Purpose:The aim of this study was to examine predictors of ammonia exposure and hyperammonemic crises in patients with urea cycle disorders.Methods:The relationships between fasting ammonia, daily ammonia exposure, and hyperammonemic crises were analyzed in >100 patients with urea cycle disorders.Results:Fasting ammonia correlated strongly with daily ammonia exposure (r = 0.764; P < 0.001). For patients with fasting ammonia concentrations <0.5 upper limit of normal (ULN), 0.5 to <1.0 ULN, and ≥1.0 ULN, the probability of a normal average daily ammonia value was 87, 60, and 39%, respectively, and 10.3, 14.1, and 37.0% of these patients, respectively, experienced ≥1 hyperammonemic crisis over 12 months. Time to first hyperammonemic crisis was shorter (P = 0.008) and relative risk (4.5×; P = 0.011) and rate (∼5×, P = 0.006) of hyperammonemic crises were higher in patients with fasting ammonia ≥1.0 ULN vs. <0.5ULN; relative risk was even greater (20×; P = 0.009) in patients ≥6 years old. A 10- or 25-μmol/l increase in ammonia exposure increased the relative risk of a hyperammonemic crisis by 50 and >200% (P < 0.0001), respectively. The relationship between ammonia and hyperammonemic crisis risk seemed to be independent of treatment, age, urea cycle disorder subtype, dietary protein intake, or blood urea nitrogen. Fasting glutamine correlated weakly with daily ammonia exposure assessed as 24-hour area under the curve and was not a significant predictor of hyperammonemic crisis.Conclusion:Fasting ammonia correlates strongly and positively with daily ammonia exposure and with the risk and rate of hyperammonemic crises, suggesting that patients with urea cycle disorder may benefit from tight ammonia control.Genet Med 17 7, 561-568.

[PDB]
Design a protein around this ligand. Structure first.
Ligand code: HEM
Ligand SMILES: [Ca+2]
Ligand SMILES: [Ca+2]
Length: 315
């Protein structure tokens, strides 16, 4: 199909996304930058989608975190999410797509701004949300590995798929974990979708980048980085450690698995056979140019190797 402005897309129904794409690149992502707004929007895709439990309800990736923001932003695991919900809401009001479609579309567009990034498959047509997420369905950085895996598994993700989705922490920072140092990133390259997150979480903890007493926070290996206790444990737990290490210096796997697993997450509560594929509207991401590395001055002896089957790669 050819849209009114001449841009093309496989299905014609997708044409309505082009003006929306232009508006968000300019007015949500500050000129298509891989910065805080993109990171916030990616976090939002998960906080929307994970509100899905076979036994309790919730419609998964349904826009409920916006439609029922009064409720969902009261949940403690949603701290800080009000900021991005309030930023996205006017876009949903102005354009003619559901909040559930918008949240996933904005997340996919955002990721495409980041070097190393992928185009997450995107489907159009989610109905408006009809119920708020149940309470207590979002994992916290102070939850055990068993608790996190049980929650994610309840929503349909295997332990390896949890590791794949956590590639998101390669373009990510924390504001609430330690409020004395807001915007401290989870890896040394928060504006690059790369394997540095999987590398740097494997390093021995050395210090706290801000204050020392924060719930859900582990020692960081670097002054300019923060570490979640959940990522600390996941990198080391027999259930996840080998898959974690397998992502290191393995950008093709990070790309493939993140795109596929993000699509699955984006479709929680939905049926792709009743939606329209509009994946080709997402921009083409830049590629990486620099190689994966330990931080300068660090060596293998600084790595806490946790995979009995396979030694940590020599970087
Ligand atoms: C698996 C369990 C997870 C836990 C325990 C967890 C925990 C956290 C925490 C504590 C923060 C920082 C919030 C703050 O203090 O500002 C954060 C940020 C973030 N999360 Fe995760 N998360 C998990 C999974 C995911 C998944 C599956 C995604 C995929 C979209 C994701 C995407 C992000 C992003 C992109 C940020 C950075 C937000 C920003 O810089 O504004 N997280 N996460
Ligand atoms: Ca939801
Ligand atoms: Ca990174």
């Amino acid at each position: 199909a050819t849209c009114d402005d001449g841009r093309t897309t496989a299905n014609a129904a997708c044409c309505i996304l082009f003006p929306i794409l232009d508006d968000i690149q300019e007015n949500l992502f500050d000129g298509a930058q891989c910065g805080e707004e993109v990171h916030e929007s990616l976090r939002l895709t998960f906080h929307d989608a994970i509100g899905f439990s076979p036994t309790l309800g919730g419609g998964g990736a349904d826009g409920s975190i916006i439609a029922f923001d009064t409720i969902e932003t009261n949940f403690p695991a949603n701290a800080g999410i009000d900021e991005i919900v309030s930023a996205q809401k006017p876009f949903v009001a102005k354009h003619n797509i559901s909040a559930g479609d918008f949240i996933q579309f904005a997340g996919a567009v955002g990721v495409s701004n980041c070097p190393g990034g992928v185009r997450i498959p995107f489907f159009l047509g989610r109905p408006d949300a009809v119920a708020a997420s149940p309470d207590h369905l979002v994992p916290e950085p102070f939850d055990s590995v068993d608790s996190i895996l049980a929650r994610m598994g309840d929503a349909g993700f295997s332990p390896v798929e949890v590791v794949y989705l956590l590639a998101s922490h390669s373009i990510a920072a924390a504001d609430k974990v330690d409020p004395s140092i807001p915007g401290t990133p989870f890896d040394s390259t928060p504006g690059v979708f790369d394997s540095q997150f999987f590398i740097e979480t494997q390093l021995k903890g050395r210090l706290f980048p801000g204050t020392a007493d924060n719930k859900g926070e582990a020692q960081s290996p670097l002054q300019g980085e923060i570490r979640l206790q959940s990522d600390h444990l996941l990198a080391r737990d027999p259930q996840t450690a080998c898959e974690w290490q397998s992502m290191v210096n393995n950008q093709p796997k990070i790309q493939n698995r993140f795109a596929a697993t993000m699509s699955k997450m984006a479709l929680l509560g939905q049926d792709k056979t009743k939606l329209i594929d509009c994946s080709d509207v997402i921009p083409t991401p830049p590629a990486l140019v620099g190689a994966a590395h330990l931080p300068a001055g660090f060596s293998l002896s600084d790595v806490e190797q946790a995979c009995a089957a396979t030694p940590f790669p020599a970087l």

Bibliographical notePublisher Copyright:
© 2015 American College of Medical Genetics and Genomics.
- glycerol phenylbutyrate
- sodium phenylbutyrate